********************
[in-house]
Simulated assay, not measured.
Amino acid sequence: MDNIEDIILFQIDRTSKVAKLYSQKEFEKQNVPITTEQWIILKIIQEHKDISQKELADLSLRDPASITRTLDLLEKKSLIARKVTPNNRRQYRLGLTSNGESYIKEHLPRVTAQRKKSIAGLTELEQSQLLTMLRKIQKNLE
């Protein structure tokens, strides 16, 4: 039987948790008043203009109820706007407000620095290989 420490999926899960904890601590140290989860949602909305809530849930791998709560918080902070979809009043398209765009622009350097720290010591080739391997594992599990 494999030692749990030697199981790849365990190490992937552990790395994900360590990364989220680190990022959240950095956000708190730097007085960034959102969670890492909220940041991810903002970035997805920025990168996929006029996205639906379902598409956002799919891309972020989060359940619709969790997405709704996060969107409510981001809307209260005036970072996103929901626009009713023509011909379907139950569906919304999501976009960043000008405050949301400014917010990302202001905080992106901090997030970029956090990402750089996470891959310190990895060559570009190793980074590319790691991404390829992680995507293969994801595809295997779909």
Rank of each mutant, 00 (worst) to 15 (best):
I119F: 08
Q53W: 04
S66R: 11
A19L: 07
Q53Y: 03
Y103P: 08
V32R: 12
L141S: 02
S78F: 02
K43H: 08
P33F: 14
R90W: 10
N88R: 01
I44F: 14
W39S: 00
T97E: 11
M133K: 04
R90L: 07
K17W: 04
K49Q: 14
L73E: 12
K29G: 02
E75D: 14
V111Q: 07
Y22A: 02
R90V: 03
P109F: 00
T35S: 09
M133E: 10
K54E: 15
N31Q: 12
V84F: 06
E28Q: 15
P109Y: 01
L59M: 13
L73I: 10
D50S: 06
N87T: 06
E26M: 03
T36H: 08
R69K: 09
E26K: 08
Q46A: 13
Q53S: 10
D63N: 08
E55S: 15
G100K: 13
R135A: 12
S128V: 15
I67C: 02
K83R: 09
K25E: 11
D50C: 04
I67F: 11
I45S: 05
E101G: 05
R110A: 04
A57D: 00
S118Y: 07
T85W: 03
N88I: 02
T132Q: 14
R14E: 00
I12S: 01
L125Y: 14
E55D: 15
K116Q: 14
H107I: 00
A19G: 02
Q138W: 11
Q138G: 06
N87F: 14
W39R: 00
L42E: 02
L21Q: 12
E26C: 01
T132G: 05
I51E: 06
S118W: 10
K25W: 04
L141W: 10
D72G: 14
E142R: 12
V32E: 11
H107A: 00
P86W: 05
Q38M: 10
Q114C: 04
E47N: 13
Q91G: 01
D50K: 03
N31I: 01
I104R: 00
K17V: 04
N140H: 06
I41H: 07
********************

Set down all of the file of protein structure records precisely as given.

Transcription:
[in-house]
Simulated assay, not measured.
Amino acid sequence: MDNIEDIILFQIDRTSKVAKLYSQKEFEKQNVPITTEQWIILKIIQEHKDISQKELADLSLRDPASITRTLDLLEKKSLIARKVTPNNRRQYRLGLTSNGESYIKEHLPRVTAQRKKSIAGLTELEQSQLLTMLRKIQKNLE
């Protein structure tokens, strides 16, 4: 039987948790008043203009109820706007407000620095290989 420490999926899960904890601590140290989860949602909305809530849930791998709560918080902070979809009043398209765009622009350097720290010591080739391997594992599990 494999030692749990030697199981790849365990190490992937552990790395994900360590990364989220680190990022959240950095956000708190730097007085960034959102969670890492909220940041991810903002970035997805920025990168996929006029996205639906379902598409956002799919891309972020989060359940619709969790997405709704996060969107409510981001809307209260005036970072996103929901626009009713023509011909379907139950569906919304999501976009960043000008405050949301400014917010990302202001905080992106901090997030970029956090990402750089996470891959310190990895060559570009190793980074590319790691991404390829992680995507293969994801595809295997779909």
Rank of each mutant, 00 (worst) to 15 (best):
I119F: 08
Q53W: 04
S66R: 11
A19L: 07
Q53Y: 03
Y103P: 08
V32R: 12
L141S: 02
S78F: 02
K43H: 08
P33F: 14
R90W: 10
N88R: 01
I44F: 14
W39S: 00
T97E: 11
M133K: 04
R90L: 07
K17W: 04
K49Q: 14
L73E: 12
K29G: 02
E75D: 14
V111Q: 07
Y22A: 02
R90V: 03
P109F: 00
T35S: 09
M133E: 10
K54E: 15
N31Q: 12
V84F: 06
E28Q: 15
P109Y: 01
L59M: 13
L73I: 10
D50S: 06
N87T: 06
E26M: 03
T36H: 08
R69K: 09
E26K: 08
Q46A: 13
Q53S: 10
D63N: 08
E55S: 15
G100K: 13
R135A: 12
S128V: 15
I67C: 02
K83R: 09
K25E: 11
D50C: 04
I67F: 11
I45S: 05
E101G: 05
R110A: 04
A57D: 00
S118Y: 07
T85W: 03
N88I: 02
T132Q: 14
R14E: 00
I12S: 01
L125Y: 14
E55D: 15
K116Q: 14
H107I: 00
A19G: 02
Q138W: 11
Q138G: 06
N87F: 14
W39R: 00
L42E: 02
L21Q: 12
E26C: 01
T132G: 05
I51E: 06
S118W: 10
K25W: 04
L141W: 10
D72G: 14
E142R: 12
V32E: 11
H107A: 00
P86W: 05
Q38M: 10
Q114C: 04
E47N: 13
Q91G: 01
D50K: 03
N31I: 01
I104R: 00
K17V: 04
N140H: 06
I41H: 07